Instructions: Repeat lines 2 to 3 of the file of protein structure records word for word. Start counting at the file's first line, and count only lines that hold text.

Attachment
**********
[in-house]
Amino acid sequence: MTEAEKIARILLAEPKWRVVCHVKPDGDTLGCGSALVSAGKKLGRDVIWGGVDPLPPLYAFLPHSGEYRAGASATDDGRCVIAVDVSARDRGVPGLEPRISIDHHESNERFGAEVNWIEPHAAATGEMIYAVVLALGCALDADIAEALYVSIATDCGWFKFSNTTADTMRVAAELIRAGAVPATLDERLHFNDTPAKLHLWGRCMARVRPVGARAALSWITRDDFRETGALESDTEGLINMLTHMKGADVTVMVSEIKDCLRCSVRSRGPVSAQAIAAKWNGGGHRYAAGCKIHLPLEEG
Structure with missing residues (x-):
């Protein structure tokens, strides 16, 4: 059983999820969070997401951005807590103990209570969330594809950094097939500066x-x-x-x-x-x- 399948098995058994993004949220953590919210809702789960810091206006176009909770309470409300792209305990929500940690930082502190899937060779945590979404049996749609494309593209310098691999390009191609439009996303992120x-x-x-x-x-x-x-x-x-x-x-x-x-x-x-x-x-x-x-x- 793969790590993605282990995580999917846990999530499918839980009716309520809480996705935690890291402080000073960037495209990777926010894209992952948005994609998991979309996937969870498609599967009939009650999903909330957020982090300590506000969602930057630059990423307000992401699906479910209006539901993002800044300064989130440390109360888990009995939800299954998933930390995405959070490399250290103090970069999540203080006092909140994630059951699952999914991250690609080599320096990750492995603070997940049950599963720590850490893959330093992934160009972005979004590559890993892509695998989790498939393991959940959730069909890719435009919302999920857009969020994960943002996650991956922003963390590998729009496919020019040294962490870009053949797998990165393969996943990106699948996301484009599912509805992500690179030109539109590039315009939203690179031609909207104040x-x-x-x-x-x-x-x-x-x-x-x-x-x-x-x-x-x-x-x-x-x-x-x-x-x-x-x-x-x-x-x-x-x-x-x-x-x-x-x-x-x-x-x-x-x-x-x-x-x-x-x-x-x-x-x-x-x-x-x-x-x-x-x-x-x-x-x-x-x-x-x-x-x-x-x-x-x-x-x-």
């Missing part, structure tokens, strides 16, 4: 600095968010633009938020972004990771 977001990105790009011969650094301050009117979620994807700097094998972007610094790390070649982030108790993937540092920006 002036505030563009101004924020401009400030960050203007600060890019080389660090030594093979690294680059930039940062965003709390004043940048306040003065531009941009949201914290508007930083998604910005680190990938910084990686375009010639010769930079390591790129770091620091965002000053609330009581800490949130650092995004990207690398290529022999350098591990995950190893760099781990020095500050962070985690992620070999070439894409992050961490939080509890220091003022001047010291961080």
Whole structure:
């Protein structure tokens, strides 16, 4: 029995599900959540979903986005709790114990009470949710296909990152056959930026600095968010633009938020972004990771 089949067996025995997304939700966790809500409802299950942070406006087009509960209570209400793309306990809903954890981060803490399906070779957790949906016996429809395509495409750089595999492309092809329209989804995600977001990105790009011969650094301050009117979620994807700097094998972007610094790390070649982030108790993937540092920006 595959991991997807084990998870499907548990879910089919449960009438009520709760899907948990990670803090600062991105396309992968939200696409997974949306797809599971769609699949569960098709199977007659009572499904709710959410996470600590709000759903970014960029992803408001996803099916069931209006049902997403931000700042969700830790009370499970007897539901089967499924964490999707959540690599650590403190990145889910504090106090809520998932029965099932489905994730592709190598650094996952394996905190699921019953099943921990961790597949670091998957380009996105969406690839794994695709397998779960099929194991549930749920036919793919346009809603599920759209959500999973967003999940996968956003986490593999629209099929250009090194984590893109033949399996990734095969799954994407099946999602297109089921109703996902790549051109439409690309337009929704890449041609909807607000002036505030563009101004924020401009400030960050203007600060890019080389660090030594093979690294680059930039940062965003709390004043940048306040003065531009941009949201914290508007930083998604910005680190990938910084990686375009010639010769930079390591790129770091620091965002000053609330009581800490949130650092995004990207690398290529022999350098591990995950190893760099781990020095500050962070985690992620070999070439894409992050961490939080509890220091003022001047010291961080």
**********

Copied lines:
Amino acid sequence: MTEAEKIARILLAEPKWRVVCHVKPDGDTLGCGSALVSAGKKLGRDVIWGGVDPLPPLYAFLPHSGEYRAGASATDDGRCVIAVDVSARDRGVPGLEPRISIDHHESNERFGAEVNWIEPHAAATGEMIYAVVLALGCALDADIAEALYVSIATDCGWFKFSNTTADTMRVAAELIRAGAVPATLDERLHFNDTPAKLHLWGRCMARVRPVGARAALSWITRDDFRETGALESDTEGLINMLTHMKGADVTVMVSEIKDCLRCSVRSRGPVSAQAIAAKWNGGGHRYAAGCKIHLPLEEG
Structure with missing residues (x-):